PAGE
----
Luci, the spider monkey, boarding a boat that got too close to Monkey Island. It took a while for them to get Luci off the boat. | Source

Things to Do in Granada Nicaragua

The Granada Islands. Besides taking photos of the unique architecture, you can go on a trip to see the aforementioned Granada Islands, which were created by a long-ago explosion of Volcano Mombacho. These islands are scattered all along the shore of Lake Nicaragua, just to the south of town, beginning at the southern tip of the municipal park. The excursion boats are comfortable and take quite a few passengers at a time. The photo shows a monkey that boarded one of the boats at Monkey Island, a refuge for monkeys established by a local veterinarian. This island is at the end of the tour. Don't get too close, they might want to board your boat looking for a handout!

Eating. There are many good restaurants in Granada. I highly recommend trying out the Zaguan, which is one block to the east of the central Catholic Church. It was there that I recently tried out a whole fried Guapote, a fish which is native to Lake Nicaragua. It was deboned and cooked to perfection, and it was enough for two people. This toothed fish has firm flesh that reminds me of red snapper. It is also called a rainbow bass. This restaurant also serves fine grilled steaks.

There are many places where you can go and have good meals. I have dropped in on various hotels to try out their breakfast offerings. The style of the meals in some cases are more European than Nicaraguan, as the tourist clientele is more sophisticated. There are some decent baked goods available in some locations.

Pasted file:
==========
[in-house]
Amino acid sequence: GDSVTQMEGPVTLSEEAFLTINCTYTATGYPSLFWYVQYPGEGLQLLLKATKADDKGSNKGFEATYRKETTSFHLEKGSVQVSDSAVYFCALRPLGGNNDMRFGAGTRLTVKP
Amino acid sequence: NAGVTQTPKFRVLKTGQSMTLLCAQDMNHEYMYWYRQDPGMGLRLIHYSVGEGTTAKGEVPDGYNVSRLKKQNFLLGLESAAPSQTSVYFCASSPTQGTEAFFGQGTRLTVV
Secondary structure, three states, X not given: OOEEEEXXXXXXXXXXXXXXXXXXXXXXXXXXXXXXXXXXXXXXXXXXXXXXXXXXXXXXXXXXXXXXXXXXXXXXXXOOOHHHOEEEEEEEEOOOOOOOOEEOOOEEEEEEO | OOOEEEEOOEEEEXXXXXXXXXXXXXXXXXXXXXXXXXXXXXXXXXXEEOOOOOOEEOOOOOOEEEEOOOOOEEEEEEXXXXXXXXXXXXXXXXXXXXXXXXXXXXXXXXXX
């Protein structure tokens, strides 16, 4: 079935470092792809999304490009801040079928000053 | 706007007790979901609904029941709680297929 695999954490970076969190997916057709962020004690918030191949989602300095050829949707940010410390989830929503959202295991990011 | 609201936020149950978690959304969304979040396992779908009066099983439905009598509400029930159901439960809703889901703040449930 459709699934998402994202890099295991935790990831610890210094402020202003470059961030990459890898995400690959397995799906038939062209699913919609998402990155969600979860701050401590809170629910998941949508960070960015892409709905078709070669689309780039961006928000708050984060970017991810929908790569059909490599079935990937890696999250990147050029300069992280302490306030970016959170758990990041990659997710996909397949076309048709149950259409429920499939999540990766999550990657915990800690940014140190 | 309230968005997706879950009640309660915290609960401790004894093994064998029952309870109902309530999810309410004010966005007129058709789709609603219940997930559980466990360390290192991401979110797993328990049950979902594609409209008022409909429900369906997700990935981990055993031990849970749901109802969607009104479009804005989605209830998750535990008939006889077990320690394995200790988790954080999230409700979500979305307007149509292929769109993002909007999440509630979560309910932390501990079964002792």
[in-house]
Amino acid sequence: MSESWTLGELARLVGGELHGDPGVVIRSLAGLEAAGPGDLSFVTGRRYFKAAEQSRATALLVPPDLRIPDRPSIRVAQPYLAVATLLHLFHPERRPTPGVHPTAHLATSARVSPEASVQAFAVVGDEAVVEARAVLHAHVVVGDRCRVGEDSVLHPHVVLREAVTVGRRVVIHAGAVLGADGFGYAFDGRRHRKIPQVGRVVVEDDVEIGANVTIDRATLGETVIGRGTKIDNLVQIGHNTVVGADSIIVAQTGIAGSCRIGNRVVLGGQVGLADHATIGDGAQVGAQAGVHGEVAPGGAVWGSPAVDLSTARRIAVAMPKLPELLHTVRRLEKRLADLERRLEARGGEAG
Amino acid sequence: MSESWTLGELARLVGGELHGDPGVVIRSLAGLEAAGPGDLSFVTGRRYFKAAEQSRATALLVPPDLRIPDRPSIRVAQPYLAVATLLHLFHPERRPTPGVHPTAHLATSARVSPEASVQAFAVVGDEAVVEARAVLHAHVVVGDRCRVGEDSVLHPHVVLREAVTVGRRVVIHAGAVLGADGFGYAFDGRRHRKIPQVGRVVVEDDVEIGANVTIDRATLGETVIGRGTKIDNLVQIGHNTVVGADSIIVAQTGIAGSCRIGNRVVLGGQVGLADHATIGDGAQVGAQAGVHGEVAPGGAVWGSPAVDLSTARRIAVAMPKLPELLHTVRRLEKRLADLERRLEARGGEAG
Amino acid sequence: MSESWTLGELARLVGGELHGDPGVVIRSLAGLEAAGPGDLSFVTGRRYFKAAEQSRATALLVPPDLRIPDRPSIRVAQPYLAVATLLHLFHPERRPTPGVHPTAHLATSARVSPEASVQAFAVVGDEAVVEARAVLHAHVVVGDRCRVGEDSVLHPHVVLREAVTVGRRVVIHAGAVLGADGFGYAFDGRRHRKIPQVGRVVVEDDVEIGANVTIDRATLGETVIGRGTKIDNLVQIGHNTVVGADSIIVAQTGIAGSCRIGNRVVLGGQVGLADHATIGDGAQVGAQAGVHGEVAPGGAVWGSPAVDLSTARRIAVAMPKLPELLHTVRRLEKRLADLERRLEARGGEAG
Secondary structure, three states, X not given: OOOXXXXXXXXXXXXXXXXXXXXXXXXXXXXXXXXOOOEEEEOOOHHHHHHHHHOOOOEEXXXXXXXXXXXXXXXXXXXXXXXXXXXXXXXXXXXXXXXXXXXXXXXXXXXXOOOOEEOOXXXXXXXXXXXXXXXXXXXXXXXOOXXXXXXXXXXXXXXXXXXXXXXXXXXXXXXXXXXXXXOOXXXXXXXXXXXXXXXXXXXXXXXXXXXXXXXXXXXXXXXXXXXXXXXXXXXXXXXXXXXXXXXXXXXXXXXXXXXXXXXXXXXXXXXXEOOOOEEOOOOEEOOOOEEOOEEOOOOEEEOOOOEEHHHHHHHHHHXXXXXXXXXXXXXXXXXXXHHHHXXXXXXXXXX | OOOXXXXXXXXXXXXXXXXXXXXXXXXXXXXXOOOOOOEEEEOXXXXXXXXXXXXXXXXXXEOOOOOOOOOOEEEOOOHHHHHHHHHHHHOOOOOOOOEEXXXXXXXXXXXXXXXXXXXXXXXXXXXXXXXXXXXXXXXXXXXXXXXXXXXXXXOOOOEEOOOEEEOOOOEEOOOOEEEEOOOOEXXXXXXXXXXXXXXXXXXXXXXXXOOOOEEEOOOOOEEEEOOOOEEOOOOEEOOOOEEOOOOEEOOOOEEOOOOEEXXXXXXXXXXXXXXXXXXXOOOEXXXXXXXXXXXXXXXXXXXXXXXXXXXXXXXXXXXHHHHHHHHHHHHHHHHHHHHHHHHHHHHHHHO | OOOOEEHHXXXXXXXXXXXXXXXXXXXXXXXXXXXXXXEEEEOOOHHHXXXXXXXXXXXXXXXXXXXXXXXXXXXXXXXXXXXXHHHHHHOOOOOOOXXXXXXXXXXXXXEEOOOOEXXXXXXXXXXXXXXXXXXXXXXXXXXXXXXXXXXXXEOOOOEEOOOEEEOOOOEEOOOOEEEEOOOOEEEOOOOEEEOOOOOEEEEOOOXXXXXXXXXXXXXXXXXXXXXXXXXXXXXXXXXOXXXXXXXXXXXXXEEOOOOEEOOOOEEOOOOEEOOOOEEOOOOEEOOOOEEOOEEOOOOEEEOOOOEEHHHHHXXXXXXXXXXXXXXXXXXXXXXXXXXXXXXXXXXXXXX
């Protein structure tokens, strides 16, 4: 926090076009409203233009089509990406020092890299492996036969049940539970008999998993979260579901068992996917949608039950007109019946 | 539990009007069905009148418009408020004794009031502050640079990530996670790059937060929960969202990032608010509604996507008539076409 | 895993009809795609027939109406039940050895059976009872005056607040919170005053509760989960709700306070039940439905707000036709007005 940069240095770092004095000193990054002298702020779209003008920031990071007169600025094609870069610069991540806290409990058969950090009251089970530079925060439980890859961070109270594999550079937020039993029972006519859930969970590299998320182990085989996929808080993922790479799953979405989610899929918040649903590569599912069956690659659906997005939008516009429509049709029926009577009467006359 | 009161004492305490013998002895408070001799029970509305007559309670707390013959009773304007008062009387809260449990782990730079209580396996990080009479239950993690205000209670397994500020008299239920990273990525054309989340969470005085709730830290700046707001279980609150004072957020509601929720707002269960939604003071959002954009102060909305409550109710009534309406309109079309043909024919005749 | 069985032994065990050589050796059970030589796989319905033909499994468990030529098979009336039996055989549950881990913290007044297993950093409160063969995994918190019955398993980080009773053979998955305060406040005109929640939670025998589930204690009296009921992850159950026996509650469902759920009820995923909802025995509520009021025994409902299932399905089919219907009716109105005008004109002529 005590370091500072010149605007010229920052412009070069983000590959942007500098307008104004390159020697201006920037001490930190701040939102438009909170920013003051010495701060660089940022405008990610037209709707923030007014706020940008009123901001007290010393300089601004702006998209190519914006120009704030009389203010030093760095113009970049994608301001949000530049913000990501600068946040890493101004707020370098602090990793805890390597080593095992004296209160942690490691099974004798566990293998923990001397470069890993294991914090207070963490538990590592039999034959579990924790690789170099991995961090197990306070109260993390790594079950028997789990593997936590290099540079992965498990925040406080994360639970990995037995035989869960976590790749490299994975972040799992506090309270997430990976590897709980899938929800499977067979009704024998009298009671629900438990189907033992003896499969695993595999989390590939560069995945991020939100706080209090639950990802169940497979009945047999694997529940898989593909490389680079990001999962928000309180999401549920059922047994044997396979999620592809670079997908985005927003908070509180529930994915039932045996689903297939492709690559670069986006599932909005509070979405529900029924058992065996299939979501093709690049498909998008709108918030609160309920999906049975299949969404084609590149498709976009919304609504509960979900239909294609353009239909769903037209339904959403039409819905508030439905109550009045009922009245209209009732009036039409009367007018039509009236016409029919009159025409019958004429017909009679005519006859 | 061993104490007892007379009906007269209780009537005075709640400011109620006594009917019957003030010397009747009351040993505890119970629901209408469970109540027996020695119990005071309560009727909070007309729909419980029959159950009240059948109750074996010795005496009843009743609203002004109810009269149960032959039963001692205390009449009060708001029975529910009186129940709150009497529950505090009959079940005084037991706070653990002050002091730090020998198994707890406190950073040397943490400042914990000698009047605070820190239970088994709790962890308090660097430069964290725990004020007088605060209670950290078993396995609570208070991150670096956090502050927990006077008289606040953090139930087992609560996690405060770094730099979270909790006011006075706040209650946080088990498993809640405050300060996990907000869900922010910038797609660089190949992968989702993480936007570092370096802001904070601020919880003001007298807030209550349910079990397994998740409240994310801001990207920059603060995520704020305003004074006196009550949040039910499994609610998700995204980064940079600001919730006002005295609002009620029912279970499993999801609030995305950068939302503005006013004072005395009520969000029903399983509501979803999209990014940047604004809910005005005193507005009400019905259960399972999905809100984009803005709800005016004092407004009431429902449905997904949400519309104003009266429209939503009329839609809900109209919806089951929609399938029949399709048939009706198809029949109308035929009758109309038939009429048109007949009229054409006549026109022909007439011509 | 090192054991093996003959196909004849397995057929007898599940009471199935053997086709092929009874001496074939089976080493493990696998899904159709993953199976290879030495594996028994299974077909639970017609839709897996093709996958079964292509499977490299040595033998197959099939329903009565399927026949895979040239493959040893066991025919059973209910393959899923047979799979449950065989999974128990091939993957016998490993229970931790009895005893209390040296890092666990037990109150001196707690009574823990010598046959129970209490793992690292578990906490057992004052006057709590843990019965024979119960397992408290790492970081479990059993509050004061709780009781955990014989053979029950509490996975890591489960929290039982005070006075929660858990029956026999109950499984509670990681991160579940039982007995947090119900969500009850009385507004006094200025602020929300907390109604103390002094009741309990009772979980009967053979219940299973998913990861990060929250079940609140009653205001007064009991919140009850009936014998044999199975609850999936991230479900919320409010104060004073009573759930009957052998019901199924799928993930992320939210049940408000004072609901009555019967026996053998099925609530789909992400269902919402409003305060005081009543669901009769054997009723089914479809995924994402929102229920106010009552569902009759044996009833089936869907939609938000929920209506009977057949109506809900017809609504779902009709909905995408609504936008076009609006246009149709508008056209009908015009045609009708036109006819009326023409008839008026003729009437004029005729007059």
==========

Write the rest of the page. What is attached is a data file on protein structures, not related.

Shopping. There are the usual shops for buying knick knacks, some of which are associated with hotels. You can also go to the area near the market, which is located two blocks to the south of the central square. However, if you are really interested in getting good bargains and a also having a good selection of items, it is best to go to one of two markets in Masaya. There you will find a tourist-oriented market near downtown, and the Old Market, which is a few blocks to the east. Both are within walking distance of each other. Masaya also has horse-drawn carriages to get you around.

Map of Nicaragua

A
Granada, Nicaragua:
Granada, Nicaragua

get directions

B
Masaya, Nicaragua:
Masaya, Nicaragua

get directions

C
Managua, Nicaragua:
Managua, Nicaragua

get directions

More Granada, Nicaragua, Pictures

Two wooden carts used to bring in crafts for sale in the central park.
Two wooden carts used to bring in crafts for sale in the central park. | Source
The armory that is about 8 blocks west of the central square.
The armory that is about 8 blocks west of the central square. | Source
Another old church with a wooden door that is north of the central park.
Another old church with a wooden door that is north of the central park. | Source
A cigar store - the building in the center.
A cigar store - the building in the center. | Source
An good example of newly renovated architecture.  Because of tourism and tourists investing, there is a lot of renovation occurring in the town.
An good example of newly renovated architecture. Because of tourism and tourists investing, there is a lot of renovation occurring in the town. | Source
Another example of unusual architecture recently renovated.
Another example of unusual architecture recently renovated. | Source
The house of the priests, next to the central church.